Eliminating stress

by | Nov 23, 2016 | Acceptance, Development

Do you experience excessive stress in your life? Do you sense your life is overloaded with tasks or deadlines? Do you often feel anxious or out of control? Do you worry excessively about future challenges? Do you get irritated or angry too much or too often? Is your sleep negatively impacted by any of these pressures?

  • Here are some classic, well acknowledged, approaches to reducing stress:
  • Exercise more
  • Relax regularly, e.g. learn to meditate
  • Identify unnecessary stressors and eliminate them, e.g. doing too much for others
  • Behave in healthier ways, e.g. eat healthily and stop using unhealthy behaviours to control stress, such as smoking or drinking / eating excessively
  • Get your stressors into perspective, e.g. how important will this seem a year from now?
  • Talk to others, or a professional helper, about your stress to gain their perspective and advice

These approaches are all helpful and should certainly be used. But in my extensive experience of helping thousands of clients to eliminate stress from their lives, the single most effective approach is to change the way we think about both the sources and symptoms of stress.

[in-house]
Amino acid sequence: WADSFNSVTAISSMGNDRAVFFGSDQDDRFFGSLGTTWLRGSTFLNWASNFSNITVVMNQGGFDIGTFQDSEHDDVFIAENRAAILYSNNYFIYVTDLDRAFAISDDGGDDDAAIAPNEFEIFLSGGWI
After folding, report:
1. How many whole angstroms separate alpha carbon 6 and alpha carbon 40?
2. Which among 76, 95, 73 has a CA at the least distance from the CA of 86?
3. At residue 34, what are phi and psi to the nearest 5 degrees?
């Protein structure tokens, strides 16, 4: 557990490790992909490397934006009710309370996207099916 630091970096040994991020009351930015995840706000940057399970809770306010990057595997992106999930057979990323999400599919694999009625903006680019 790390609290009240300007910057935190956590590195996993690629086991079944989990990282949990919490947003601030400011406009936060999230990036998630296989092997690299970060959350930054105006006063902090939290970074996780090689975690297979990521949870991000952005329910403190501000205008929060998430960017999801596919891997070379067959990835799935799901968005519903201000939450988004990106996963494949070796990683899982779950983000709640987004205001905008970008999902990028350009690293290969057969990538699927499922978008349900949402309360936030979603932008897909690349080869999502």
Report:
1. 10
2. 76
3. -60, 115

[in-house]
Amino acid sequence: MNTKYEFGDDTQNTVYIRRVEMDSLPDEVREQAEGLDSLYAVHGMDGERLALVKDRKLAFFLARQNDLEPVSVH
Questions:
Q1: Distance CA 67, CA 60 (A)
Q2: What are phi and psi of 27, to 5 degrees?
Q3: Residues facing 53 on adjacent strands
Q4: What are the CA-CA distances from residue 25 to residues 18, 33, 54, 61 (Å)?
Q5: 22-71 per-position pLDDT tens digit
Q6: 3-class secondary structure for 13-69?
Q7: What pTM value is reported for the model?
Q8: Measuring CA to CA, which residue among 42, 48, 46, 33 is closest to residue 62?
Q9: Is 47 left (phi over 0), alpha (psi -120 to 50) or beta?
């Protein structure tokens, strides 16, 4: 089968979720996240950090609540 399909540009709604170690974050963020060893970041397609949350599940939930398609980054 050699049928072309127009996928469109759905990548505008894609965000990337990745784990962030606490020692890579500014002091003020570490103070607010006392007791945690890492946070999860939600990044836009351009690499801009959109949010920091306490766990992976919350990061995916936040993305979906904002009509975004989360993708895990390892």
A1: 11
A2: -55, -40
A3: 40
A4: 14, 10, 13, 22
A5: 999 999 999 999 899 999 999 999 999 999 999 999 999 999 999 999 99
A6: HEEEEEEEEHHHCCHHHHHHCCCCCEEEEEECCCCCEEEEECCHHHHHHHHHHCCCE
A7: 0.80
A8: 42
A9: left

If we’re stressed, we’re almost certainly in a state of mind that I call ‘resistance’. Resistance means having negative thoughts about something, or wanting something to be different. We might be resisting the past (e.g. regret or blame), or the present (e.g. being dissatisfied about a current situation), or the future (e.g. worry) or we’re resisting our stress symptoms (e.g. uncomfortable feelings, such as anxiety or irritation).  Resistance is always irrational.  If we’re resisting the past or present, we’re wishing for the impossible. Neither the past nor the present can ever be different. If we’re worried we’re resisting an aspect of the future that we believe we cannot control (if we could control it we wouldn’t be worrying).  Wanting the future to be different in a way that we cannot control is as irrational as wanting the past to be different (we clearly cannot control that either). If we’re resisting our feelings, we’re wanting something to be different that we cannot immediately control and through resistance we’re always making those feelings worse.

To find out how to stop doing these things and take control of your thoughts and feelings, and so eliminate stress from your life, come to my free webinar. See Abicord’s website for more info on the webinar. Click here to register.

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